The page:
Graham talks Confederate flag, gay marriage on ‘Meet the Press’

Sen. Lindsey Graham, R-S.C.

U.S. Sen. Lindsey Graham on Sunday predicted that a Republican Party national platform opposing same-sex marriage would “hurt us in 2016,” and said the Confederate flag has to come down quickly if South Carolina is to move forward.

“I see it as a road block for South Carolina,” Graham, R-S.C., said on NBC’s “Meet the Press.” “Put it in a museum.”

Graham, who is one of as many as 15 Republicans running for the White House, was asked about the future of gay marriage stances by the GOP following Friday’s U.S. Supreme Court ruling legalizing such bonds nationally.

The party’s 2012 platform said Republicans “affirm our support for a constitutional amendment defining marriage as the union of one man and one woman.”

Graham was asked by moderator Chuck Todd if that wording should be excluded from next summer’s 2016 convention.

“I think, I agree with Jeb (Bush),” Graham said, and that amending the Constitution remained a long shot.

“In my view, you can put it in the platform, but it will, in my view, hurt us in 2016 because it’s a process that’s not going to bear fruit,” he added.

Graham went on to say he would continue to fight for protecting the religious liberties of groups that believe opposing same-sex marriage is part of their faith, something he would uphold if elected president.

“If you have a church, a mosque or a synagogue, and you’re following your faith, and you refuse to perform a same-sex marriage, because it’s outside the tenets of your faith ... in my presidency, you will not lose your tax-exempt status,” he said. “If you’re a gay person or a gay couple, if I’m president of the United States, you will be able to participate in commerce and be a full member of society, consistent with the religious beliefs of others who have rights also.”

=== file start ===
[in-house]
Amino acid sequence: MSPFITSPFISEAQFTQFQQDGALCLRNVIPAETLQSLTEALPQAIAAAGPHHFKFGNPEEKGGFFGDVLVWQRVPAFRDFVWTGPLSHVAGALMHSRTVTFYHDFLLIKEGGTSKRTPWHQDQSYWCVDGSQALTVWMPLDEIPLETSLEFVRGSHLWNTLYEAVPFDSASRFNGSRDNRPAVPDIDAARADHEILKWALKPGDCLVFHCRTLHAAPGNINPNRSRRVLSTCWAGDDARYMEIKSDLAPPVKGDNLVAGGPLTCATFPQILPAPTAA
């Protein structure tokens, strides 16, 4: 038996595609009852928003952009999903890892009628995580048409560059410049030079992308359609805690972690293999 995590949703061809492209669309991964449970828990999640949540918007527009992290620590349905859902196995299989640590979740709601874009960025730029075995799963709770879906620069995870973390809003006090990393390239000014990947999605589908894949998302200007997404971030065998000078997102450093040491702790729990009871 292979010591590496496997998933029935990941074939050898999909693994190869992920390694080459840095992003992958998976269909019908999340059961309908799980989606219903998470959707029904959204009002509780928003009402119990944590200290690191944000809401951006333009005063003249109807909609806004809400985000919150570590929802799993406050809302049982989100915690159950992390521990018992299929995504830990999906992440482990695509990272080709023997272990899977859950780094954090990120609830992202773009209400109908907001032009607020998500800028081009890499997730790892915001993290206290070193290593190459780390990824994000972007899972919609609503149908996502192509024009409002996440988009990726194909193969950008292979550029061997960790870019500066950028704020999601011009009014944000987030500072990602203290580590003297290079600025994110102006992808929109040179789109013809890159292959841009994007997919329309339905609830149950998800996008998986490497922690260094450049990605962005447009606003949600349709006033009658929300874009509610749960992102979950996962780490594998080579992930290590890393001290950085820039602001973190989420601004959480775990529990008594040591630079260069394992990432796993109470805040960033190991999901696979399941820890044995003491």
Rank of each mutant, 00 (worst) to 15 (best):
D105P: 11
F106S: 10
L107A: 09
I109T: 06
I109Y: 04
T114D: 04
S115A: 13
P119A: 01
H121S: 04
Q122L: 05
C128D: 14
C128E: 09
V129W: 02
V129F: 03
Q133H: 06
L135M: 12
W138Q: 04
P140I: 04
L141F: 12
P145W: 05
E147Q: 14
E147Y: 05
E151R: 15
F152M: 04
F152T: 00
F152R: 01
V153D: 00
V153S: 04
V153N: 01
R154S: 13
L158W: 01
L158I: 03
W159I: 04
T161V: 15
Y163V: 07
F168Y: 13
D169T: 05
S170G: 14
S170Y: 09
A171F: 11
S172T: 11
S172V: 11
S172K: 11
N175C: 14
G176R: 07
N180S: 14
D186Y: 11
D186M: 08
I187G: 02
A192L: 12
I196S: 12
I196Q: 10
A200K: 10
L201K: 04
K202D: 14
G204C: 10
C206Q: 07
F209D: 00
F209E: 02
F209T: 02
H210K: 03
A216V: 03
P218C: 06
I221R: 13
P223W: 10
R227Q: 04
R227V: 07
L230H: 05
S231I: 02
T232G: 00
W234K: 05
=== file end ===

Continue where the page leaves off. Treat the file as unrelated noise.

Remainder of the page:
Graham was in Charleston on Friday for the funeral of the Rev. and state Sen. Clementa Pinckney, one of nine people killed June 17 inside the Emanuel AME Church. All nine victims were black while accused shooter, Dylann Roof, 21, is white.

He said the legislative compromise that moved the Confederate flag from the Statehouse dome, to the solder’s memorial by lawmakers in 2000, can no longer be supported, given the killings and the meanings connected to the flag.

“But after the shooting, it didn’t work,” he said. “My state will never be able to move forward after this shooting if we don’t take the flag down. The people at the AME church, the families of the victims changed everything by their grace, by their love, by their forgiveness, making it impossible for a guy like me to say, ‘Keep the flag up.’ ”

Graham also was asked about President Barack Obama’s speech during the funeral, in which he both supported bringing the flag down and sang “Amazing Grace,” getting those inside the TD Arena to join in.

“A great speech, good singer. I don’t think he’s a very good commander in chief,” Graham said. “But he did a very good job.”